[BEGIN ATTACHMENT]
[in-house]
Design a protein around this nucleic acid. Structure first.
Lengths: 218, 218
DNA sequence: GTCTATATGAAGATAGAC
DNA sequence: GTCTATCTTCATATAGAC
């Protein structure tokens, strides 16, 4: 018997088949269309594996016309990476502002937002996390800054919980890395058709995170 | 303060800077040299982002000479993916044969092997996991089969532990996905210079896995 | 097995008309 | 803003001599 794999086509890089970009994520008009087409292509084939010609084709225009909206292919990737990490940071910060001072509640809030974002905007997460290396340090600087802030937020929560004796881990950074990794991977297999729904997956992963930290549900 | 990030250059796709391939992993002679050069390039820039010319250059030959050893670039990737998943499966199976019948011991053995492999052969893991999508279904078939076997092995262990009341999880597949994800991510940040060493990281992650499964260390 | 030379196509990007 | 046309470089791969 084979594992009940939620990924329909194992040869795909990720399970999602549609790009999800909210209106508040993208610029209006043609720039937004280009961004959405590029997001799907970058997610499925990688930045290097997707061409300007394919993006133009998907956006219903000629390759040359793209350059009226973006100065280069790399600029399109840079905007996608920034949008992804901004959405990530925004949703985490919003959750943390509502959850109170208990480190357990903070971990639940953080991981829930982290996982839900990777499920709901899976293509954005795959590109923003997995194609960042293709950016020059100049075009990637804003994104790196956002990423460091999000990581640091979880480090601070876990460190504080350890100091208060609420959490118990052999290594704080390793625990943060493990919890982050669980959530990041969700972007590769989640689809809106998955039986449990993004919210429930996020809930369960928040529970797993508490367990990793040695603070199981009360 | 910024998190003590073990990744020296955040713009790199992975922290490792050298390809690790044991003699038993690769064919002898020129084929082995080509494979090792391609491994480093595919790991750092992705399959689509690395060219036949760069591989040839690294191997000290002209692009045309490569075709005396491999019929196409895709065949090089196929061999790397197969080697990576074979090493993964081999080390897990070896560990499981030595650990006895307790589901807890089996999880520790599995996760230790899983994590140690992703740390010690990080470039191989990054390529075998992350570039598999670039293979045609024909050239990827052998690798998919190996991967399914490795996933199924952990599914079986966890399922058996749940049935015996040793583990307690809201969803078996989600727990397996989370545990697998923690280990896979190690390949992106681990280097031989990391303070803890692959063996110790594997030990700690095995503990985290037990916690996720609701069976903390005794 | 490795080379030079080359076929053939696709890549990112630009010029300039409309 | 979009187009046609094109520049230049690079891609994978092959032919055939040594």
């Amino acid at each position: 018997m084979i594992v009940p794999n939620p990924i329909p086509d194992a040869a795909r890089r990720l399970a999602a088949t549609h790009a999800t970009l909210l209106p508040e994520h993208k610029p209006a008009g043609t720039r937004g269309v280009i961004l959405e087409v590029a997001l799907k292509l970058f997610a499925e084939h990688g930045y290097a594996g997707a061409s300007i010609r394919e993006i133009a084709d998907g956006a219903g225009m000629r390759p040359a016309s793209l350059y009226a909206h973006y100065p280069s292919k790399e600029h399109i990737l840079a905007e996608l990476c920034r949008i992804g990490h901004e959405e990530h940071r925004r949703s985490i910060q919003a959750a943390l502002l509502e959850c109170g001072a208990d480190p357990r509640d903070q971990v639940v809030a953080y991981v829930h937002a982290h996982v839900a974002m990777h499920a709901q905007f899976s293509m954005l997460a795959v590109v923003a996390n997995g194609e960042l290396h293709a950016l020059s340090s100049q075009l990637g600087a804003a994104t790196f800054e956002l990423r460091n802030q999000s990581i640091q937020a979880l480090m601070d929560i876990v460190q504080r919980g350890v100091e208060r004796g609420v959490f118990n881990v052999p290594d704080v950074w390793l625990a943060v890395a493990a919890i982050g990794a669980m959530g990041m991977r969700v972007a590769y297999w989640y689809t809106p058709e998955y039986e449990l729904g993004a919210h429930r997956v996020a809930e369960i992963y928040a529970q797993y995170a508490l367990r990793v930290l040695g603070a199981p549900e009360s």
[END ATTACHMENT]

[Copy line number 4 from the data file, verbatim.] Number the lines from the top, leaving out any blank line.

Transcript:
DNA sequence: GTCTATATGAAGATAGAC